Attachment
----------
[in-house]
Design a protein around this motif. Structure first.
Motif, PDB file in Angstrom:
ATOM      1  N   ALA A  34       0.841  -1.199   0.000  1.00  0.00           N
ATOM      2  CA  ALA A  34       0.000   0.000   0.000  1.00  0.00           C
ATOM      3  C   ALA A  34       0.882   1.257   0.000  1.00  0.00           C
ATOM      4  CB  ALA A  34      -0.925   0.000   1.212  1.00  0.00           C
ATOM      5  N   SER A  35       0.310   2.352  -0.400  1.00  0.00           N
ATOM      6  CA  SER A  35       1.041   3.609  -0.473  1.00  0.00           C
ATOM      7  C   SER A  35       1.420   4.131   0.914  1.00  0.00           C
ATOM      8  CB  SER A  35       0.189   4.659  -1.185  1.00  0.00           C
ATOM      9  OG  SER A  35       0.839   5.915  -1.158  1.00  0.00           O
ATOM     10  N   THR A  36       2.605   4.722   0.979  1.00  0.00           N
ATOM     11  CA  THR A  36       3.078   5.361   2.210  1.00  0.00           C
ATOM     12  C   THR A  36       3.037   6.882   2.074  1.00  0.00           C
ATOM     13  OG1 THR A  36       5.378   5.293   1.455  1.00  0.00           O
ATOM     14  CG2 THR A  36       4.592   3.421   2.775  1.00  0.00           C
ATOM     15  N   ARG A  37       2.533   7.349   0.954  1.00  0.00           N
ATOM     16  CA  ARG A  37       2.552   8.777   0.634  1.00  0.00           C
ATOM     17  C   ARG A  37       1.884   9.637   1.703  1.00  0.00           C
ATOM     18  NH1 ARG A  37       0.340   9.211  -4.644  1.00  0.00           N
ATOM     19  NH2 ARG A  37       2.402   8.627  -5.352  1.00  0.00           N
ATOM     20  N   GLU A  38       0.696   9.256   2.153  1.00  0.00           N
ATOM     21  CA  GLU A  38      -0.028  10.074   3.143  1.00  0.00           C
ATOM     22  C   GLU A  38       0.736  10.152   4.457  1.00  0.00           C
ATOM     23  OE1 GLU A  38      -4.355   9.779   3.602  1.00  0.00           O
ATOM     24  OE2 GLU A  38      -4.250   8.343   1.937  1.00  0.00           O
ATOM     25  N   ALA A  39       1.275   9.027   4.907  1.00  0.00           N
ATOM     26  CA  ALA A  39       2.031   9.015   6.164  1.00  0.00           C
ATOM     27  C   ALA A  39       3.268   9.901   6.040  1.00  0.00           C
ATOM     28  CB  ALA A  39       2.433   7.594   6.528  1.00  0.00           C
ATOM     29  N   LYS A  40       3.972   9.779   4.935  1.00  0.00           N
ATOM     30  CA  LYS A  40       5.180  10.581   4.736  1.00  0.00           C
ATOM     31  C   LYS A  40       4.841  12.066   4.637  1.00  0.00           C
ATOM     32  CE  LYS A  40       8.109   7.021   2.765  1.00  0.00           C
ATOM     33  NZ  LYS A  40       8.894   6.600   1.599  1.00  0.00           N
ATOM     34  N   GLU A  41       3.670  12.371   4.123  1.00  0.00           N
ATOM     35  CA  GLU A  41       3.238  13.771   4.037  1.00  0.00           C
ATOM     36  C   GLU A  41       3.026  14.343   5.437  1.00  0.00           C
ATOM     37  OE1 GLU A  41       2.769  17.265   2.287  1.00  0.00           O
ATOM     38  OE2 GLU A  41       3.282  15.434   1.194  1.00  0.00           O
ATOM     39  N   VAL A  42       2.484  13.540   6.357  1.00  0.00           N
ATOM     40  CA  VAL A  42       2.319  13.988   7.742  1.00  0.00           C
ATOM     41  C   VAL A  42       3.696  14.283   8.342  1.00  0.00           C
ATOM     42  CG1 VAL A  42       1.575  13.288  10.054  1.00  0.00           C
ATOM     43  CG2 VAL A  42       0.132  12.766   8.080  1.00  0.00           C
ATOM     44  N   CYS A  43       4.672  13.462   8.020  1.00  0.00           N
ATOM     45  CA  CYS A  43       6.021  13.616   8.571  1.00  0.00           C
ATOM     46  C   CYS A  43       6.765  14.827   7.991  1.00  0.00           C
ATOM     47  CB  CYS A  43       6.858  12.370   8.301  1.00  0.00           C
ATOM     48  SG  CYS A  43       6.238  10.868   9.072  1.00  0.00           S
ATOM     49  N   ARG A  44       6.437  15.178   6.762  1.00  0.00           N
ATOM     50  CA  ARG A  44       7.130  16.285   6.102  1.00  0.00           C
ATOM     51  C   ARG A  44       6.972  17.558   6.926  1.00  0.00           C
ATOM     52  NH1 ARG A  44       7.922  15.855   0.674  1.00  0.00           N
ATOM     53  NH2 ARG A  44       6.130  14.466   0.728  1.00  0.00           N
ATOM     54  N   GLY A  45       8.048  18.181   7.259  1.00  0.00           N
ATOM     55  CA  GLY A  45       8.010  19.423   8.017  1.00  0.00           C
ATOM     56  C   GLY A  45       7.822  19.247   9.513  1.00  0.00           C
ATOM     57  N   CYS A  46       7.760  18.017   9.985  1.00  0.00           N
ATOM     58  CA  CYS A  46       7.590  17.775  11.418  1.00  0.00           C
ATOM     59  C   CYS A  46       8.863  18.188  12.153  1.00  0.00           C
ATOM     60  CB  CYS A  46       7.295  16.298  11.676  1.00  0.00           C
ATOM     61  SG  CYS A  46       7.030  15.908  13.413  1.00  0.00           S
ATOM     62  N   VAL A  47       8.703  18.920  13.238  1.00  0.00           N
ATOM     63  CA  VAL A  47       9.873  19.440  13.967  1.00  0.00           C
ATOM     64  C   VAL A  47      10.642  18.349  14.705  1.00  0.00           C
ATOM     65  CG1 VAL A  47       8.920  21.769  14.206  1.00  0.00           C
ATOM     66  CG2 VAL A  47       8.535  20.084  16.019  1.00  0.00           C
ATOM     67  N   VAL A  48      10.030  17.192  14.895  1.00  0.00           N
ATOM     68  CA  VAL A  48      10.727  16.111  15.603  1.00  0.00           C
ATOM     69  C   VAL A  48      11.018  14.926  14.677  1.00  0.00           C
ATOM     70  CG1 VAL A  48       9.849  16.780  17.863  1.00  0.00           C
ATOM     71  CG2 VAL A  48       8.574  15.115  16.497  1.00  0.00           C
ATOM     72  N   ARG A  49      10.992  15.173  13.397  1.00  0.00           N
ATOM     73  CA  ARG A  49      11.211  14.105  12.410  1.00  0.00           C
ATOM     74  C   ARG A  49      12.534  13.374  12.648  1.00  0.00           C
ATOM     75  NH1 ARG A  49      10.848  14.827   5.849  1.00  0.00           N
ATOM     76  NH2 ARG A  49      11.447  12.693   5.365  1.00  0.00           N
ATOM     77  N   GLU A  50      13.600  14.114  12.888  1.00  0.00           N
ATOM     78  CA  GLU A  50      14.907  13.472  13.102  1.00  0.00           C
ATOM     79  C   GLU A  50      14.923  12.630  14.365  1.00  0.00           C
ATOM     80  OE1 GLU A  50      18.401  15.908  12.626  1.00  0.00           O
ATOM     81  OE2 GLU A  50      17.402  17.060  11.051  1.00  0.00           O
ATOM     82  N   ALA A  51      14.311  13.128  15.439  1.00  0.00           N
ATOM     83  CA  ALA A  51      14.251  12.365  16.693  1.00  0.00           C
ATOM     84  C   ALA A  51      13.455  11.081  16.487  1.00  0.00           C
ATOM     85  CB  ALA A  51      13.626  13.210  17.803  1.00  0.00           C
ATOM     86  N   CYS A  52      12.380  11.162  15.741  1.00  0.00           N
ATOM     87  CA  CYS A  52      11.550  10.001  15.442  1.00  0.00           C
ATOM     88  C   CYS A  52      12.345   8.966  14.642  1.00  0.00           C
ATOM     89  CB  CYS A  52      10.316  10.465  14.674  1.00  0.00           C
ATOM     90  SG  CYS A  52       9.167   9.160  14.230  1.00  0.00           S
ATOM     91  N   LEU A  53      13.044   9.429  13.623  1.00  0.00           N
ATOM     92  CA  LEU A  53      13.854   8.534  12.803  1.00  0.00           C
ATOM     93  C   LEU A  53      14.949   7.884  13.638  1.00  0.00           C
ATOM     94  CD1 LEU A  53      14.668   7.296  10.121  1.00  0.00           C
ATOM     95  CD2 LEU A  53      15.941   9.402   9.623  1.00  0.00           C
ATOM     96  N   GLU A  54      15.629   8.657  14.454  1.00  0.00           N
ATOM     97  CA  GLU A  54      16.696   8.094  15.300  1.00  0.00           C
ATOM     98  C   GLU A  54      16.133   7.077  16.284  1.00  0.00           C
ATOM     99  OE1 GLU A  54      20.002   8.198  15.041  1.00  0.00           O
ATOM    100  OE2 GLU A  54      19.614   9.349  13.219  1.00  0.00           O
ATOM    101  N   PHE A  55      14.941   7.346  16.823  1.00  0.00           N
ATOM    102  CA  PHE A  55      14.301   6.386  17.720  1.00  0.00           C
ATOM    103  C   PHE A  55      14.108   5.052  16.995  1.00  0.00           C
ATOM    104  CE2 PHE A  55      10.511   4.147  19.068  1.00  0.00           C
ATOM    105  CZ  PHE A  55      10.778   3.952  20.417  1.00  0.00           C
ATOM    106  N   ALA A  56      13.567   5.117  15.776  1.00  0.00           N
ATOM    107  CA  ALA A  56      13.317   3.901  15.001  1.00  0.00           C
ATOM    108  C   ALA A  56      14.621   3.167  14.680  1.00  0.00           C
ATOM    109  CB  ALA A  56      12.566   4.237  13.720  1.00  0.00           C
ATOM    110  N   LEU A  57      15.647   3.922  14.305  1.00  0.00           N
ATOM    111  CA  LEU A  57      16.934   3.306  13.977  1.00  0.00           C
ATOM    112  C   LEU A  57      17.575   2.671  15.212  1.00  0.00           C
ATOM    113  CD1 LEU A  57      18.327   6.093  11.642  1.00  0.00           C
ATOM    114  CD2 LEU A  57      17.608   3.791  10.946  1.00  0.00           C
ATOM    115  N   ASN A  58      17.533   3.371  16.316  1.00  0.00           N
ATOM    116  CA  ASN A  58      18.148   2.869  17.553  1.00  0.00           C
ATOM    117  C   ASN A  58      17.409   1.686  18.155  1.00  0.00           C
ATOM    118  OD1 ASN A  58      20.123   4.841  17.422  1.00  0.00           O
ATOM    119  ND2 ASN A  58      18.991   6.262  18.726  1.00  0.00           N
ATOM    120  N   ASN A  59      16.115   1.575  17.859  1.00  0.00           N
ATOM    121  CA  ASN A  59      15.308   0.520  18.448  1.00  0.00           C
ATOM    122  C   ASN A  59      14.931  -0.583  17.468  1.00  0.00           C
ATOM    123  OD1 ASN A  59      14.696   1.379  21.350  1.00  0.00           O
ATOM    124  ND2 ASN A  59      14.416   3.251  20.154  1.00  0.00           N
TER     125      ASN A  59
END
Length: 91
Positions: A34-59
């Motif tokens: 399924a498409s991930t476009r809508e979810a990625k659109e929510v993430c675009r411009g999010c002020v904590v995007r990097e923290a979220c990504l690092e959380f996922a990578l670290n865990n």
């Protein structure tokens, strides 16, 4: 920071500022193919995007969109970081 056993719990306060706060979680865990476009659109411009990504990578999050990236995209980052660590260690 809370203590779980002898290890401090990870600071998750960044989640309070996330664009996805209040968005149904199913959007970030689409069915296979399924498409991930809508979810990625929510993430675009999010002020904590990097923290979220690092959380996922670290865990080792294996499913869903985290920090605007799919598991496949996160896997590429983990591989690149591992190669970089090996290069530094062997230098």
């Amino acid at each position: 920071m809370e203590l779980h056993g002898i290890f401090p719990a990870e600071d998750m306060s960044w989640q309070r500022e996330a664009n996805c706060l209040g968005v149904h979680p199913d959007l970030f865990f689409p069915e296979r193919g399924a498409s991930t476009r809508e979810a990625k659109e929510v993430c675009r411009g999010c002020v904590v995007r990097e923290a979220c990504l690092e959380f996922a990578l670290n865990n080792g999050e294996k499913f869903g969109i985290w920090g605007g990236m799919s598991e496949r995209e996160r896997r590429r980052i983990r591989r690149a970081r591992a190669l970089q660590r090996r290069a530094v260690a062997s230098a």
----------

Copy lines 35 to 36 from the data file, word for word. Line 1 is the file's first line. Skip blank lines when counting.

ATOM     32  CE  LYS A  40       8.109   7.021   2.765  1.00  0.00           C
ATOM     33  NZ  LYS A  40       8.894   6.600   1.599  1.00  0.00           N